If you receive a fishing violation for fishing on private property in Colorado, The Law Office of Nathaniel Gilbert will help review your case and provide a free consultation. You have nothing to lose by calling an attorney and getting help deciding what your best options will be. Often, fishing violations are able to be handled for a flat fee with no lengthy hourly billings. Before you just pay the fine and plead guilty, think ahead and talk with an attorney—Your elk hunting buddies will thank you.
If you've hunted or fished public land before, you've probably thought about getting your own private hunting ground. The pressure on public land can lead a great number of outdoorsmen to seek out private ground to buy, though the most common approach is to lease established farm ground. Leasing a farmer or rancher's property can carry risks and responsibilities and should not be entered into lightly.
When approaching a landowner to inquire about a hunting or fishing lease, you need to have your ducks in a row. What will you be hunting? What are the seasons for that animal? What kind of equipment will you be using? Do not assume that every farmer or rancher immediately knows what all will be entailed in a "Deer Hunting Lease" or a "Duck Hunting Lease" or "Bass Fishing Lease." It is in your best interest to have all of the information about your particular desires for the lease in mind and written out before you even think about approaching someone.
Additionally, be prepared to retreat from some of the things you ask for. A rancher may not like the idea of rifles on his property between September and November while cattle still graze on the grass, while he may be open to late season hunts in January after the cows have been moved to harvested corn fields. This illustrates how important it is to be completely prepared with exactly what you are looking to do. Finding out in September that the farmer doesn't want rifles near his place may leave you without a spot to hunt.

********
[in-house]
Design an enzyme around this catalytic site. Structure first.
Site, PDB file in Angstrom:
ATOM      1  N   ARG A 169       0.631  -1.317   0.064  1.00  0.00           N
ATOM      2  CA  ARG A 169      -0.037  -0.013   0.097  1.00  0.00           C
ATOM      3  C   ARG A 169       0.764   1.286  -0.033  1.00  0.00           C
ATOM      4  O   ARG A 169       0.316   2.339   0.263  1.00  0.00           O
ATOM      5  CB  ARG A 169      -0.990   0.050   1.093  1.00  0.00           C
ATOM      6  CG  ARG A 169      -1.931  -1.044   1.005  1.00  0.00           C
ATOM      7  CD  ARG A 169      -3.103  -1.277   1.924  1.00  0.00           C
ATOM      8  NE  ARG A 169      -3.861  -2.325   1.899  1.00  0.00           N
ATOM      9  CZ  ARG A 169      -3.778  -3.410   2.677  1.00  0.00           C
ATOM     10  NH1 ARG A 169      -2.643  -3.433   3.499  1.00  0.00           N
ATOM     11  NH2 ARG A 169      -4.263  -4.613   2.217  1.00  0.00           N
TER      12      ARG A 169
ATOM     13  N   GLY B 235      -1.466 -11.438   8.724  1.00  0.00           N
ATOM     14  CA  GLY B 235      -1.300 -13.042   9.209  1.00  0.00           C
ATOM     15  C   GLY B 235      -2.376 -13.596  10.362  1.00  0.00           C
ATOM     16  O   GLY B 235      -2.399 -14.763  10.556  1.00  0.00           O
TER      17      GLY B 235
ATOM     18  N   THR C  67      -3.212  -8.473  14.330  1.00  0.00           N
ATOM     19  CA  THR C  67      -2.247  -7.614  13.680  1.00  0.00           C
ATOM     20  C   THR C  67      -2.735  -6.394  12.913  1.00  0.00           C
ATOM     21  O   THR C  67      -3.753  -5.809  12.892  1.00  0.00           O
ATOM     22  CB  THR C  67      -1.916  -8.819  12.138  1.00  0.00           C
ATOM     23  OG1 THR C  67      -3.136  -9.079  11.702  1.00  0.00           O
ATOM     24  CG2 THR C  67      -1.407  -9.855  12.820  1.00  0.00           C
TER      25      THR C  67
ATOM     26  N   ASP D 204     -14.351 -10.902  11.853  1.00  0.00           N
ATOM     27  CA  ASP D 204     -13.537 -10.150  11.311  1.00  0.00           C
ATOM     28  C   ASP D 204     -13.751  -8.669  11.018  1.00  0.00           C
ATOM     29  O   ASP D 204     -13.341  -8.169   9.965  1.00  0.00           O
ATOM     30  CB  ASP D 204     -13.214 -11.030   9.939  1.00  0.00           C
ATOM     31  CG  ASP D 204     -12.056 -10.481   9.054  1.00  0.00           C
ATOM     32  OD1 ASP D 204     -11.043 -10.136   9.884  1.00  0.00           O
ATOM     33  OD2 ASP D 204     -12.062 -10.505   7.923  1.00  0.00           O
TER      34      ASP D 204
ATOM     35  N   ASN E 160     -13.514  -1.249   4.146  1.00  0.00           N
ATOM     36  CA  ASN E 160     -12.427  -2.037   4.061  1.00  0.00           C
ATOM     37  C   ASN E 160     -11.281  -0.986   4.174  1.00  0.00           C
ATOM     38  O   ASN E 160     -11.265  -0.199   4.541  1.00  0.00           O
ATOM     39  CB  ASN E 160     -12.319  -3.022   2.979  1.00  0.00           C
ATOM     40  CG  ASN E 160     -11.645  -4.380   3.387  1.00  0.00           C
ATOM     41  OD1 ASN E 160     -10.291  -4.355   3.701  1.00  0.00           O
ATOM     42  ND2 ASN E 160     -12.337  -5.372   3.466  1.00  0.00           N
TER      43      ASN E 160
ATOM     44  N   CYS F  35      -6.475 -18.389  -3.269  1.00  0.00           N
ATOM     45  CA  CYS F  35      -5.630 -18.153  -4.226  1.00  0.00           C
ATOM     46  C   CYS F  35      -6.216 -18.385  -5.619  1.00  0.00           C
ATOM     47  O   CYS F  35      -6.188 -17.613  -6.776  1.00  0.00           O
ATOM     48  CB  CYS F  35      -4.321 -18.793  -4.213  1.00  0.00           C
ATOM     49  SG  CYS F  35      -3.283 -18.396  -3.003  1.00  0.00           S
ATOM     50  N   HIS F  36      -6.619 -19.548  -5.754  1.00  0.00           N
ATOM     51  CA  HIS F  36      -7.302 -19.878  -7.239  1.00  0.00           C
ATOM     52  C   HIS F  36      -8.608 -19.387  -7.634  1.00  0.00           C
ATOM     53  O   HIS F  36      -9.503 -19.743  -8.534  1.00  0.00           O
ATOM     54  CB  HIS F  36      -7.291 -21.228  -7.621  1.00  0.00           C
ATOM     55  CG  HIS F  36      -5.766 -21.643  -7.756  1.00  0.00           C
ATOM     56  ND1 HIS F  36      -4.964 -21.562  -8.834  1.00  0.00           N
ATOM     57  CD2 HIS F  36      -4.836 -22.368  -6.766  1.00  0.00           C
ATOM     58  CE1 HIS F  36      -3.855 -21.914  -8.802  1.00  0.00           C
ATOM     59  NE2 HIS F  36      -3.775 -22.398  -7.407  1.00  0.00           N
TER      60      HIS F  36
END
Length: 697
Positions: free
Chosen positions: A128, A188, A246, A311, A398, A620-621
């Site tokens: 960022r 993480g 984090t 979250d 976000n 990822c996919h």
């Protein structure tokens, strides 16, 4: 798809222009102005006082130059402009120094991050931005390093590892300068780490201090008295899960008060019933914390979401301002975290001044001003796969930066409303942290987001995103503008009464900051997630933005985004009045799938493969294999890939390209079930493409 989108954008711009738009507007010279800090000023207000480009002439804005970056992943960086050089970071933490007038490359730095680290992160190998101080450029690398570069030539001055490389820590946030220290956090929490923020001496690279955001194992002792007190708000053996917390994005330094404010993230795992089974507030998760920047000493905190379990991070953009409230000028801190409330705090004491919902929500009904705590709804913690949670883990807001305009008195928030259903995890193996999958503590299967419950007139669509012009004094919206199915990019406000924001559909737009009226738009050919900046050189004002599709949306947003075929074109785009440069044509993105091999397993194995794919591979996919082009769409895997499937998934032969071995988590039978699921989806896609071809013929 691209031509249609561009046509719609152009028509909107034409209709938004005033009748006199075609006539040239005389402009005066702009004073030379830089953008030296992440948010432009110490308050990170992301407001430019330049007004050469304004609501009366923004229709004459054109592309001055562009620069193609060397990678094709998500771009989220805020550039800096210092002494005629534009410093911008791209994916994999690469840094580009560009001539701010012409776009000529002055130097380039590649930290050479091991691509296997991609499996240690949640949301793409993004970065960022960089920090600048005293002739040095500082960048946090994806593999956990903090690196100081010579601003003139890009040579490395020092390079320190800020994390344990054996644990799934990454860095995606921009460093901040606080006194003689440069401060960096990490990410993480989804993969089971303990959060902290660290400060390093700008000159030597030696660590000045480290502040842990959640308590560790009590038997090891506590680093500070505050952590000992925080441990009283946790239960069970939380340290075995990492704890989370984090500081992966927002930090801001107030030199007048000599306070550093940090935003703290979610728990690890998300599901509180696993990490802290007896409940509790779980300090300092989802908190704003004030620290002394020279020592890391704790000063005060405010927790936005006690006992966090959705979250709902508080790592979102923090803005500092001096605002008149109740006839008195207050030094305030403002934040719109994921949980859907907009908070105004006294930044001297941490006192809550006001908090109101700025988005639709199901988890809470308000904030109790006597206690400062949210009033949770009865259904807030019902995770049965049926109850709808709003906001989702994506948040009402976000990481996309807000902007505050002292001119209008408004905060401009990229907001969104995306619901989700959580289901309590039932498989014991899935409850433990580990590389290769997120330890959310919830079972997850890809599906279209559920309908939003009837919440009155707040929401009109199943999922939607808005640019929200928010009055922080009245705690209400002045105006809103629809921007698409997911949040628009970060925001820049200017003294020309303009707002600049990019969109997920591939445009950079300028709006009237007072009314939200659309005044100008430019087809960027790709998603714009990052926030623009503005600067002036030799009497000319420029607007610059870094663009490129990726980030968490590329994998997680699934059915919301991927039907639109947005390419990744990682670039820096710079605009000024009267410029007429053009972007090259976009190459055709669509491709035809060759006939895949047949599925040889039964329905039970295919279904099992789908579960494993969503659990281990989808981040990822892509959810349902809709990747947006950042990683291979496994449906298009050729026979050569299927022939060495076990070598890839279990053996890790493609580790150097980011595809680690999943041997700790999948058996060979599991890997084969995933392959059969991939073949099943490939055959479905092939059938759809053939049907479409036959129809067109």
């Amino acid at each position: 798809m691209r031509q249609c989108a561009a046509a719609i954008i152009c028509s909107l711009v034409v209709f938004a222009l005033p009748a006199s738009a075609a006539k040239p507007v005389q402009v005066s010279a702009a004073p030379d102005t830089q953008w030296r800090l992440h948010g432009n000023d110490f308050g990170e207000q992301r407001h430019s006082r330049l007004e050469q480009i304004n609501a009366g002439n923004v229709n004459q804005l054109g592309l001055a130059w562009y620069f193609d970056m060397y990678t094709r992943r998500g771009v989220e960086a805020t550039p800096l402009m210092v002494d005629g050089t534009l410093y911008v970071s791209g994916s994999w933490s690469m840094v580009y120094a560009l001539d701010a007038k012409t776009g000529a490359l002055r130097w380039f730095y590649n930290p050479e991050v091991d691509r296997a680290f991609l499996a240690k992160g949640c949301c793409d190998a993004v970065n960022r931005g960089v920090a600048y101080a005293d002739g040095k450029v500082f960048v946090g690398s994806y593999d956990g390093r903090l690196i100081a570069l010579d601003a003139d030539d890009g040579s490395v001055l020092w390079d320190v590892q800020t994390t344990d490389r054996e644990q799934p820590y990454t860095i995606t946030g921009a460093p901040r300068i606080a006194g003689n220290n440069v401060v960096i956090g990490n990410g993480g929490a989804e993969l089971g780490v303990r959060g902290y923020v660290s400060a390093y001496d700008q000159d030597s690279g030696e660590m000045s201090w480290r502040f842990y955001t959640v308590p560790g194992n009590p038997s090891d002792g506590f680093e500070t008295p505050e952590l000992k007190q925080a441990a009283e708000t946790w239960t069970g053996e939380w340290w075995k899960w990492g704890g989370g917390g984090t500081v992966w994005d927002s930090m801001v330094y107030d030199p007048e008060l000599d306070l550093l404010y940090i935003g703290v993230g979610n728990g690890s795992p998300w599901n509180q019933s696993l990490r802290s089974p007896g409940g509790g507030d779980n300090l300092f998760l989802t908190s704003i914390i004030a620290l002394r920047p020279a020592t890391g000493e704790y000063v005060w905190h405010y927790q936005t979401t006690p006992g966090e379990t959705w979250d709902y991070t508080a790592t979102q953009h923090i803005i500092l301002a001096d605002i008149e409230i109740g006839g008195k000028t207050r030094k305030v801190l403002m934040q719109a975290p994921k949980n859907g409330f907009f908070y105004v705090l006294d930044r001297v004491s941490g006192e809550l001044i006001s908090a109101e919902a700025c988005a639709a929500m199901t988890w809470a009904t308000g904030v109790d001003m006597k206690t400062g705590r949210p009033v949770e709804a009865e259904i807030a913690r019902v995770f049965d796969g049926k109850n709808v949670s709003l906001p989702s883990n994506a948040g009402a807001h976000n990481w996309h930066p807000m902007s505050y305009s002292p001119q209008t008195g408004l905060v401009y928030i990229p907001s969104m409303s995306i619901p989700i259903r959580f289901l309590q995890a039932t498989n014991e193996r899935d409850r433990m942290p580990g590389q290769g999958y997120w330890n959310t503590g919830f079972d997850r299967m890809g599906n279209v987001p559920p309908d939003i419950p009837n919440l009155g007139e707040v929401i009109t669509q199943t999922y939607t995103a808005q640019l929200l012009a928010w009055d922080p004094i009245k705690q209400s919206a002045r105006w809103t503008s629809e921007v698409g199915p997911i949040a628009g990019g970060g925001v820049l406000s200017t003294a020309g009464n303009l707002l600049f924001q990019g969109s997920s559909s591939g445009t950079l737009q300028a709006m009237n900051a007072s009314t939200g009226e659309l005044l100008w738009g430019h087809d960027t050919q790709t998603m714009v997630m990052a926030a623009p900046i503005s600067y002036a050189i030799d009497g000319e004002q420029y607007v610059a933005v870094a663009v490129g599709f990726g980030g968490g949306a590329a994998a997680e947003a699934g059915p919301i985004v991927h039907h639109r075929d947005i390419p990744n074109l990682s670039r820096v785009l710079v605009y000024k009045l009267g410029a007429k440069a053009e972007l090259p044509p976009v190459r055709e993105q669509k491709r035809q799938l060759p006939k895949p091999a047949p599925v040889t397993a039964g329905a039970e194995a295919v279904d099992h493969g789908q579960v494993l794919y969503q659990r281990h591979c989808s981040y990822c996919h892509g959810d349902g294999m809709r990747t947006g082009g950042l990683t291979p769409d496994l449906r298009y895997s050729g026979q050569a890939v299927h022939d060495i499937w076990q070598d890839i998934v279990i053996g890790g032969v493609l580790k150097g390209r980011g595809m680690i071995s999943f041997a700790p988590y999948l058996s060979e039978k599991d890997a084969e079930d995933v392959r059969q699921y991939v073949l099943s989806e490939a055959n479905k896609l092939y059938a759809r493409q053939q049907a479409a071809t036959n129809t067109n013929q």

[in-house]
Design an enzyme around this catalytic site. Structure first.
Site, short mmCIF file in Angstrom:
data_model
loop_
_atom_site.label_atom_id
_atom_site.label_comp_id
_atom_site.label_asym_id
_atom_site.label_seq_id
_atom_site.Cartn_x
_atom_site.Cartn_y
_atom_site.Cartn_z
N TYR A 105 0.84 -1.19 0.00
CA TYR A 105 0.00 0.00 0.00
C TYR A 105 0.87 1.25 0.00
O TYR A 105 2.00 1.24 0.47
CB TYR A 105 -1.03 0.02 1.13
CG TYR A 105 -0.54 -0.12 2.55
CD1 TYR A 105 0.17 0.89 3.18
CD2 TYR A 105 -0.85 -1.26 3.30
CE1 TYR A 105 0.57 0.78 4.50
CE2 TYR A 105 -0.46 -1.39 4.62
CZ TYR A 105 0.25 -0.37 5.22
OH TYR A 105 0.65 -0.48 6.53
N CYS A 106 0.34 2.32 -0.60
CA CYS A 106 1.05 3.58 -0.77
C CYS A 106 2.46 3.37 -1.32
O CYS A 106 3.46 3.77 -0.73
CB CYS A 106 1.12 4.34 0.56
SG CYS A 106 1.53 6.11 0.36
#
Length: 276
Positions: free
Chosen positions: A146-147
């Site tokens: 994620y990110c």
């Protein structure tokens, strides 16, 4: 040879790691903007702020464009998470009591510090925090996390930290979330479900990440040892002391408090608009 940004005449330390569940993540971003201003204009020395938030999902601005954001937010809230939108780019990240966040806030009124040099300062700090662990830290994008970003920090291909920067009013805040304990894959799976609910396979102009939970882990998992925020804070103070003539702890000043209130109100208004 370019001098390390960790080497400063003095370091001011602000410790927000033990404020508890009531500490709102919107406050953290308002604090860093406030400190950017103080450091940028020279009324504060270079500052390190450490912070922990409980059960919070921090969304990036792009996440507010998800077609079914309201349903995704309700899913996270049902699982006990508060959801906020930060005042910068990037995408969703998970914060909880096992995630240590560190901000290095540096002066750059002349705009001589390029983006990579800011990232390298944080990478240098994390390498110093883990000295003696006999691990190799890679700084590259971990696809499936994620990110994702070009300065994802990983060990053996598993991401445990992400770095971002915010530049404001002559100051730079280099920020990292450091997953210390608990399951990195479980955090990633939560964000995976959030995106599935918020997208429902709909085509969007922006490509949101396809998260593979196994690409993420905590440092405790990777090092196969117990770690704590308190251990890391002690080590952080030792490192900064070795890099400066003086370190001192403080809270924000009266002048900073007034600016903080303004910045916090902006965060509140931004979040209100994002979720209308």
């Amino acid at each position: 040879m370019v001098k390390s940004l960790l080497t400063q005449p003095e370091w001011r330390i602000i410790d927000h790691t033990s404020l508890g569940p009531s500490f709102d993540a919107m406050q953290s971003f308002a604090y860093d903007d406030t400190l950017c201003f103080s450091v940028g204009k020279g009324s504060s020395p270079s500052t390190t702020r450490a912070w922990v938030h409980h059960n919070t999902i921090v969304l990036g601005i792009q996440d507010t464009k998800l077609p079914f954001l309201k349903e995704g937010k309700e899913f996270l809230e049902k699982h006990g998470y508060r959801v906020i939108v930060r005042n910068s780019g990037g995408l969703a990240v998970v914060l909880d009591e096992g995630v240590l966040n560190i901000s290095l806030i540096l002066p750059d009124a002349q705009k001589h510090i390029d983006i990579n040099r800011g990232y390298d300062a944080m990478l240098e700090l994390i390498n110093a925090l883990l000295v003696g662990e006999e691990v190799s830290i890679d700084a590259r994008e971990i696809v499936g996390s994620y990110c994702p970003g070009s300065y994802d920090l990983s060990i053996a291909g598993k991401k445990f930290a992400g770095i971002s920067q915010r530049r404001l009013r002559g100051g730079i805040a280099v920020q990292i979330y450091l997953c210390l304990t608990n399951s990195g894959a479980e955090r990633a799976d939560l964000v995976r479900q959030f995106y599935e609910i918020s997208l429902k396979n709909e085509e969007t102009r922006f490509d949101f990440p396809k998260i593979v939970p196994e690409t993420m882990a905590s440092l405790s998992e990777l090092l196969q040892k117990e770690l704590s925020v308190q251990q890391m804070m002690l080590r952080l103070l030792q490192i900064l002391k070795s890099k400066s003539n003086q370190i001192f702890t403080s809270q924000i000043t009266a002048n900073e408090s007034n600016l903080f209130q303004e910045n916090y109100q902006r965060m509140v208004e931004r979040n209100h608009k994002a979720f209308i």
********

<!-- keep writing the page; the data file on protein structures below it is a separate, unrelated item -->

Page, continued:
When you sign a lease, you are looking to be the exclusive user of that property for that purpose. Your lease absolutely must reflect this. Many state's laws state that the individual who leases the property for crops or grazing also leases the hunting rights to that property and may invite guests of his choosing to hunt. Likewise, a landowner may not realize that even if you are there to deer hunt in December, that may mean his kids or grandchildren cannot duck hunt during or before that time. What does your lease say about activity on the property before the actual season that you wish to lease it for?
A common pitfall often seen in hunting leases is the failure to provide for unavoidable or unforeseen circumstances. A farmhand may not know of the existing waterfowl hunting lease and drain the pond or flooded field that the hunters planned to hunt. Who is responsible for filling the pond or field again? Was the draining a necessary action to prevent loss or damage to the farmer's crops or property? Your lease absolutely must provide for common eventualities like this that may leave your hunting property completely worthless for the whole season and give you no recourse for reimbursement.
At The Law Office of Nathaniel Gilbert, an attorney who actually hunts and fishes and understands the nuances and details special to hunting and fishing leases will review your lease or draft an entirely new lease for you and your hunting party. Call Nate Gilbert to set up an absolutely free consultation to talk about your hunting and fishing needs.